Every story has a backstory, every forest an undergrowth, every river formed by an avalanche of drops of rain. I am intrigued by how far back the narrative reaches before the story comes into view for the world to see. I want to share a backstory of mine with you Hildegard.
Several weeks ago Dr Anne Summers, a prominent elder in the realm of Australian feminism hosted two conversations with Australia’s first female Prime Minister Julia Gillard. During the lead up to the events the hosts invited those unable to be there to send through questions that might be used in conversation. Having an insatiable appetite for social media, conversation and prophesy I sent my question via twitter as requested: It’s 2050 what does Australia look like? Among the hundreds of questions tweeted in, two were chosen and mine was one of them – I was suitably chuffed! The answer was well constructed and thoughtful (you can see it on You Tube my question is at 54:41), and the backstory deserves a mention.
In the front row of the audience was the first woman Premier of Victoria, Hon Joan Kirner who had been a great support to me when I ran for Parliament and it was heart warming for me to know she heard my name after more than a decade. I received several tweets that night from women in the audience letting me know my question was asked – each woman has a different backstory that intersects with mine, politics for one, community engagement for another and another a twittersphere only connection. One of the features of the conversation that had transpired was around the issues of misogyny and sexism and its role in politics. My backstory here was very real as well. When I campaigned with four children in school, I was subject to vilification by some saying I should be home with them and a whispering campaign was mounted in church and community groups that leaked its way into talk back radio and impacted on my campaigning. I advised the local political apparatchiks of the issue and they didn’t really see the problem and very little was done. I forecasted this was the tip of the iceberg and the level of organisation we were seeing around the issue would grow and indeed it did. In addition the cloak that was thrown over the abuse was done in the name of God (a God who bore no resemblance to the one embodied by Jesus). The political wing even gave itself a name Family First, and in good time the candidate opposing me left his party and joined Family First where he remains a member of Parliament (another backstory for another day).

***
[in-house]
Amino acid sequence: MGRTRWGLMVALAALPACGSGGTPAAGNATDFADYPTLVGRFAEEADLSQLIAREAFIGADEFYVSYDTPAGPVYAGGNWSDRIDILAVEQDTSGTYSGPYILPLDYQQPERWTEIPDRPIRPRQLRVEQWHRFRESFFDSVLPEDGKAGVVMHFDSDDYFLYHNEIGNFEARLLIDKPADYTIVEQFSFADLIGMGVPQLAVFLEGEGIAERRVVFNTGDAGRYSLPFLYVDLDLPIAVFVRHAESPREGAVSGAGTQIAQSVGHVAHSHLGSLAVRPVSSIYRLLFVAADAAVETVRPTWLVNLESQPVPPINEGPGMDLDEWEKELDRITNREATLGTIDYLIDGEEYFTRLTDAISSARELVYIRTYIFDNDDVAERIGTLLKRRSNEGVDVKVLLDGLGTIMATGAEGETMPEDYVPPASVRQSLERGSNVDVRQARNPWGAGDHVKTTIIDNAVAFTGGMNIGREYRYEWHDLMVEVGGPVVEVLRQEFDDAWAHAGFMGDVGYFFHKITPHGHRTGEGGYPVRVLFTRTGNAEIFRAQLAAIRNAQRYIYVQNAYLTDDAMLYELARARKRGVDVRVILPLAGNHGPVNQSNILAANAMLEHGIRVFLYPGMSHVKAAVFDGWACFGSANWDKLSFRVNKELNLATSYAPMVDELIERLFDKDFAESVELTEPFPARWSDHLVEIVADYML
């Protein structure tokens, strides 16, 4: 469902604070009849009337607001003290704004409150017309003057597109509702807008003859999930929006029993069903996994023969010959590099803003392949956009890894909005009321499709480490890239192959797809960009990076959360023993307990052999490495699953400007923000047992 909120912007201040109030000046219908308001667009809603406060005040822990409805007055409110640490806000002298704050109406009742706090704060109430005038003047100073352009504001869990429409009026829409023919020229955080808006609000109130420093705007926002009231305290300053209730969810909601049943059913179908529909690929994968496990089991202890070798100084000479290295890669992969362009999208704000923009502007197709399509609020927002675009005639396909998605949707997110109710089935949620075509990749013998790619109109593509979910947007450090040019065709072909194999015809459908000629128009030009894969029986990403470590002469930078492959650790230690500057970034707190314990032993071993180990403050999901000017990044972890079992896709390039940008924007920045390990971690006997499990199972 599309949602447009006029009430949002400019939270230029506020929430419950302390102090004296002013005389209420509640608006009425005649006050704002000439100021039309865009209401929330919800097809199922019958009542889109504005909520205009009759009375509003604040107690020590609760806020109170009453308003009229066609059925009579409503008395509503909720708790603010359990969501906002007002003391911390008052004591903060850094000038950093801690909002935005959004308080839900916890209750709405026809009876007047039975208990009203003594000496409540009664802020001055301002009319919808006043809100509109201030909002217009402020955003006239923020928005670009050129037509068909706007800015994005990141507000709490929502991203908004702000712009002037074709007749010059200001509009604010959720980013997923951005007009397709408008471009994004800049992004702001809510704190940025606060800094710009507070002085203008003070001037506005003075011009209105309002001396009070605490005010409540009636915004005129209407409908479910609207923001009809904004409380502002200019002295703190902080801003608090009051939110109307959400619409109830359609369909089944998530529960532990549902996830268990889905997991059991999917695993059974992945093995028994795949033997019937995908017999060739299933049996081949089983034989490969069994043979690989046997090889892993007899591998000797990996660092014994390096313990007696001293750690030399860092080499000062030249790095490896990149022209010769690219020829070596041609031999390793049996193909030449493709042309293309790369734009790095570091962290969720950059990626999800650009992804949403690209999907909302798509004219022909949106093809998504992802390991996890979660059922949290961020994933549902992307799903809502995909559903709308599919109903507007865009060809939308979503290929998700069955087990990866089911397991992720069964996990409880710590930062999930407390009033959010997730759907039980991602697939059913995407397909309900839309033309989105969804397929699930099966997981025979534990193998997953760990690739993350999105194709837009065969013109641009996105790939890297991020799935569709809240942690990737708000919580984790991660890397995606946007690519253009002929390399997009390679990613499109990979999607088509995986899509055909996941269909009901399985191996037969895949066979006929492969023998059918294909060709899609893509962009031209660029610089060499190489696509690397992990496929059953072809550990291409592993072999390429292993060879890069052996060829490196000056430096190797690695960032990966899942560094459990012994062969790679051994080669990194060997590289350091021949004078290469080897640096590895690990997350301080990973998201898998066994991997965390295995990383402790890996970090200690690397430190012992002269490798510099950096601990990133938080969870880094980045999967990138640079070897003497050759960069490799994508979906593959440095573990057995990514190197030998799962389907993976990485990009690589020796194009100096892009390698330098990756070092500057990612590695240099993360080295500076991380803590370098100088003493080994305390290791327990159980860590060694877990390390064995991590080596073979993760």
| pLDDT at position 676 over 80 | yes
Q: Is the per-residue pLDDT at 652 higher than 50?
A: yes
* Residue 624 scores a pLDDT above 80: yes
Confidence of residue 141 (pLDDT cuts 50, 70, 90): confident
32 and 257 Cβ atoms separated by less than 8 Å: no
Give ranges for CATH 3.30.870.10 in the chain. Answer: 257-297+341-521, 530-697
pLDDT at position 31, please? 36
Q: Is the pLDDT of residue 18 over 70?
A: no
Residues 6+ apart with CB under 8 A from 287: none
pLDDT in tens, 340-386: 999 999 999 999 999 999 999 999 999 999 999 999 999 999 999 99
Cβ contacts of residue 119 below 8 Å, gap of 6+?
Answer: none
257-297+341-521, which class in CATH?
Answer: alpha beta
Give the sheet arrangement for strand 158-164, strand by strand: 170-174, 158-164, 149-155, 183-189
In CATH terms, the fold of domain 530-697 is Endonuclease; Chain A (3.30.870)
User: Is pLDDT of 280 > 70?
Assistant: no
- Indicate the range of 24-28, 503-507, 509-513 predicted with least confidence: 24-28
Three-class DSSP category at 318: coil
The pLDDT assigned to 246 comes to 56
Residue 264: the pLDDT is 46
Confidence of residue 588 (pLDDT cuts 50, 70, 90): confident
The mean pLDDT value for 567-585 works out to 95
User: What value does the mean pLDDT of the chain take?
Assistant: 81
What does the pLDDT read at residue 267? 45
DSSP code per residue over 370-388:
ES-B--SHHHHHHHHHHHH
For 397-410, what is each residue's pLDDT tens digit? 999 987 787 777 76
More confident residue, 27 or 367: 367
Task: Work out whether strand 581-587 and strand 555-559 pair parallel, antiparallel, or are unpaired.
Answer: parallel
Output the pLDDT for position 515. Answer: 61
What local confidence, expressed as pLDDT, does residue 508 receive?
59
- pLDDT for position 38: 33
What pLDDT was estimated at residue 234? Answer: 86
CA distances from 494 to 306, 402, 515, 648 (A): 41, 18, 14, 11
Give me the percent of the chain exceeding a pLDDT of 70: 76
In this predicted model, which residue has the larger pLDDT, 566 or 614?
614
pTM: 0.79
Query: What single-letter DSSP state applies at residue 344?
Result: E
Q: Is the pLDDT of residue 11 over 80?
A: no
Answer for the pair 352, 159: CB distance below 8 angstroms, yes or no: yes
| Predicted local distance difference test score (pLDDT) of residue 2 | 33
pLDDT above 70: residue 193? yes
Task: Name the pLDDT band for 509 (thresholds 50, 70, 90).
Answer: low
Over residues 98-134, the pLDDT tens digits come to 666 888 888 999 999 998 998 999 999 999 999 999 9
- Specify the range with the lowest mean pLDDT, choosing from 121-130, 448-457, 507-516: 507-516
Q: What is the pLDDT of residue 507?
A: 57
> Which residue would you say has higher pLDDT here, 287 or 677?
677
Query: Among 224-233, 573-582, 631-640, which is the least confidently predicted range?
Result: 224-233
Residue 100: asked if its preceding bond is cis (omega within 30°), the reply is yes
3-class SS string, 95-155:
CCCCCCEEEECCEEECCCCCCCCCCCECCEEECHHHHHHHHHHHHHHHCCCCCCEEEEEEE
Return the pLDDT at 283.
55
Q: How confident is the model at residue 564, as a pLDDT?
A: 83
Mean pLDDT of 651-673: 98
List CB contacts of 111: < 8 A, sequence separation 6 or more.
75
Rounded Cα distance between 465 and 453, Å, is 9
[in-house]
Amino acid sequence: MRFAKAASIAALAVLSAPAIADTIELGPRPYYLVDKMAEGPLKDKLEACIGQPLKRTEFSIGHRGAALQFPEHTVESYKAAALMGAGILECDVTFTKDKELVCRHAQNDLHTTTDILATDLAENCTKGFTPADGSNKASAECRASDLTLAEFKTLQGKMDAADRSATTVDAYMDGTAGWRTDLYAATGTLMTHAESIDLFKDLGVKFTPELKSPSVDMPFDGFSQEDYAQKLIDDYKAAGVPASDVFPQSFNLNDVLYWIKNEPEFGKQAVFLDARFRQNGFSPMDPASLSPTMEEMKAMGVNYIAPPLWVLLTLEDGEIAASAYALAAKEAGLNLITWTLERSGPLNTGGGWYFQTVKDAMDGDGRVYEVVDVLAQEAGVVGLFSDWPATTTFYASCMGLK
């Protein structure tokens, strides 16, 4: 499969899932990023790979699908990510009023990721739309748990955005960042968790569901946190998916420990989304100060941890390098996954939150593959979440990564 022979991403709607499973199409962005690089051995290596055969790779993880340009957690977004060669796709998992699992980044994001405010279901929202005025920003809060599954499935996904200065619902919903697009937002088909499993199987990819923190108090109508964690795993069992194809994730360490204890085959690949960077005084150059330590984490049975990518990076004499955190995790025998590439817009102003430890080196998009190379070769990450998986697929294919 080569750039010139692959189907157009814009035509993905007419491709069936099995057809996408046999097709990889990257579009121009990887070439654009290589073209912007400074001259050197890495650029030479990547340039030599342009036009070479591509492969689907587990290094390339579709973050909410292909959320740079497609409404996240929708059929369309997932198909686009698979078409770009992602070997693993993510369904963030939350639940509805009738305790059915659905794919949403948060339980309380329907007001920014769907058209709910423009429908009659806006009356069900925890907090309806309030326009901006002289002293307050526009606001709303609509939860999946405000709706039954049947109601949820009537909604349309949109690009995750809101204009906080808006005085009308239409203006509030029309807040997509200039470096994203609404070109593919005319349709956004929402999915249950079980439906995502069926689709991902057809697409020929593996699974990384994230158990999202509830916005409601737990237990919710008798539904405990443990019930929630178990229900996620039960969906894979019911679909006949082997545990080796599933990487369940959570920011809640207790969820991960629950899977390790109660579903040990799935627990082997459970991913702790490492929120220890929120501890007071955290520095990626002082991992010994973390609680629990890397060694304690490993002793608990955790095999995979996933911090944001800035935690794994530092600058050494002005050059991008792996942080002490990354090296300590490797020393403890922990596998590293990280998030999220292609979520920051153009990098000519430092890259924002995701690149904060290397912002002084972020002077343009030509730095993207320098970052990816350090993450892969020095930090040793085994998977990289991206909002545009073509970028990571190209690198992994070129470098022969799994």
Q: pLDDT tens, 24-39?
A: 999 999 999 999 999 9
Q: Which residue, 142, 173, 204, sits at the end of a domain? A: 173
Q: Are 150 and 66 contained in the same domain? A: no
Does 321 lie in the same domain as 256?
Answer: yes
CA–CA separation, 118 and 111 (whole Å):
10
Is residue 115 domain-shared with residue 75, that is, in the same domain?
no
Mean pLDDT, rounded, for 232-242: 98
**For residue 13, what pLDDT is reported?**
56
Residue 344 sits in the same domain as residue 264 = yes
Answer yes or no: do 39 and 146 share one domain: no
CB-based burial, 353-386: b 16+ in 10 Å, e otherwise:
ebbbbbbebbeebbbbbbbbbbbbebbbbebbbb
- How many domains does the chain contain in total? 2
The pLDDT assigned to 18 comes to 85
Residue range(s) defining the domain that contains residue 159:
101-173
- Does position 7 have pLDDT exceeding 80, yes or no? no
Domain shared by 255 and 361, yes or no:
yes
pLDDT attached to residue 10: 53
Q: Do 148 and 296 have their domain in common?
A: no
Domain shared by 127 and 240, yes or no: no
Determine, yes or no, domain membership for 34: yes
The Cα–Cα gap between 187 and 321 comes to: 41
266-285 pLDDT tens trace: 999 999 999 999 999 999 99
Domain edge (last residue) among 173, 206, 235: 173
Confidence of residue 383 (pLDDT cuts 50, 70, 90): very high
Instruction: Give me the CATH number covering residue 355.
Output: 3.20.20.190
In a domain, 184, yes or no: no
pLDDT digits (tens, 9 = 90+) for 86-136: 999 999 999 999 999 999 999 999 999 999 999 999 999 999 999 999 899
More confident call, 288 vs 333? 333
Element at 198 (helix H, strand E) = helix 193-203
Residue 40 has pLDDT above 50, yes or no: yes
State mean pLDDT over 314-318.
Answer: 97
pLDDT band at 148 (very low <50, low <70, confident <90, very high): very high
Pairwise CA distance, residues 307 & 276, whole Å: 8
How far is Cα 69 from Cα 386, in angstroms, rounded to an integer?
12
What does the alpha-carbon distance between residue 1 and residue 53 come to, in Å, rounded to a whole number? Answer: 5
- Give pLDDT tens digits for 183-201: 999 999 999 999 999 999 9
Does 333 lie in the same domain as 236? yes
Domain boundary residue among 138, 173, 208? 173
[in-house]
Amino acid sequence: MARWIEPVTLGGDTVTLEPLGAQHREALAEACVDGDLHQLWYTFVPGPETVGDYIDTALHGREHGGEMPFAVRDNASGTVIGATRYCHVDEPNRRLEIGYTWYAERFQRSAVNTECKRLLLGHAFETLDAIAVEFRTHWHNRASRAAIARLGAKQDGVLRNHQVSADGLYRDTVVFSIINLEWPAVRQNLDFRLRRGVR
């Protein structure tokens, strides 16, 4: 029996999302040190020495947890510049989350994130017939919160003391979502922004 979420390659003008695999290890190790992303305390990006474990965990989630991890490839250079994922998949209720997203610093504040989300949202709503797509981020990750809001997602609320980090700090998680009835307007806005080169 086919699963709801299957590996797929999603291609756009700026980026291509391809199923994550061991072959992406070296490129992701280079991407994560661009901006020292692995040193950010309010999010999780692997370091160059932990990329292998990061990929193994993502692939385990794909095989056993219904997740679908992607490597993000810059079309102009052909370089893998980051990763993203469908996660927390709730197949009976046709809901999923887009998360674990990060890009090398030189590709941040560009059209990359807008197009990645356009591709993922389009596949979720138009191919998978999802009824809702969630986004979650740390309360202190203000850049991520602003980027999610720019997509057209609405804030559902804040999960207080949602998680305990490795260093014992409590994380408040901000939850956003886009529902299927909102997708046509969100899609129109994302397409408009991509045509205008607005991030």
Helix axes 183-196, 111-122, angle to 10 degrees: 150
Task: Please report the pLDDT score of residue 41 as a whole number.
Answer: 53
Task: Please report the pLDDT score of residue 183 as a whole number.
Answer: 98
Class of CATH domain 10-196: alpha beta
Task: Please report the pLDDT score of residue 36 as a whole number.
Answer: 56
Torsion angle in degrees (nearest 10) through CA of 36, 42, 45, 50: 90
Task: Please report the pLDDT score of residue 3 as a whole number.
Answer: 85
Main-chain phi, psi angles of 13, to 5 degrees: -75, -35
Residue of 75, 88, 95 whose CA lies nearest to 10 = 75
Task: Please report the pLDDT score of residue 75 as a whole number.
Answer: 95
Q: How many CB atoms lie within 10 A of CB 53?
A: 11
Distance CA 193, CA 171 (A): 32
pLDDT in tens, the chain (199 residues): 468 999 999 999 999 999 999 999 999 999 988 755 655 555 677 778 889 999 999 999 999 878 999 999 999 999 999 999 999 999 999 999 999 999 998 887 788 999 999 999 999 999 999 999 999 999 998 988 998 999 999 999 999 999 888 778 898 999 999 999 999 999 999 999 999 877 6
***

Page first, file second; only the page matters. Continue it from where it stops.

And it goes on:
I love social media and its capacity to influence and organise at the micro and macro level in real time. My skills and experience in these media, set me apart from many others in my age group who use some of the platforms like Facebook to mainly keep in touch with younger family members (and I definitely do that as well). Tools like twitter, facebook and instagram, are charged with dynamic properties for advocates and activists like me. So it is then that the Melbourne Town Hall, and now embedded in You Tube, my question of less than 140 characters was asked by a leading light and answered by a former Prime Minister. The accessibility of these tools in the hands of ordinary everyday people like me are ground-breaking. The Arab Spring will go down in history as the first twitter fed revolution. Without filters and editorial, questions can be posed, thoughts shared and amplified.
When I finally got around to watch the You Tube of the event last weekend, and saw Anne Summers peer into her mobile device to read my tweet I enjoyed seeing the next chapter unfold, knowing that without a back story no question can be formed or asked.
Just as we see the light breaking through at the end of a lane, so my little tweet connected me back to the story that had taken me along that lane in the first place and by being asked got a whole new audience to consider what the future might be like.
Every tweet has a backstory as real and as true as any other kind of narrative.
And there are backstories down every lane as se hace camino al andar (you make the way as you go, Antonio Machado, Spanish poet).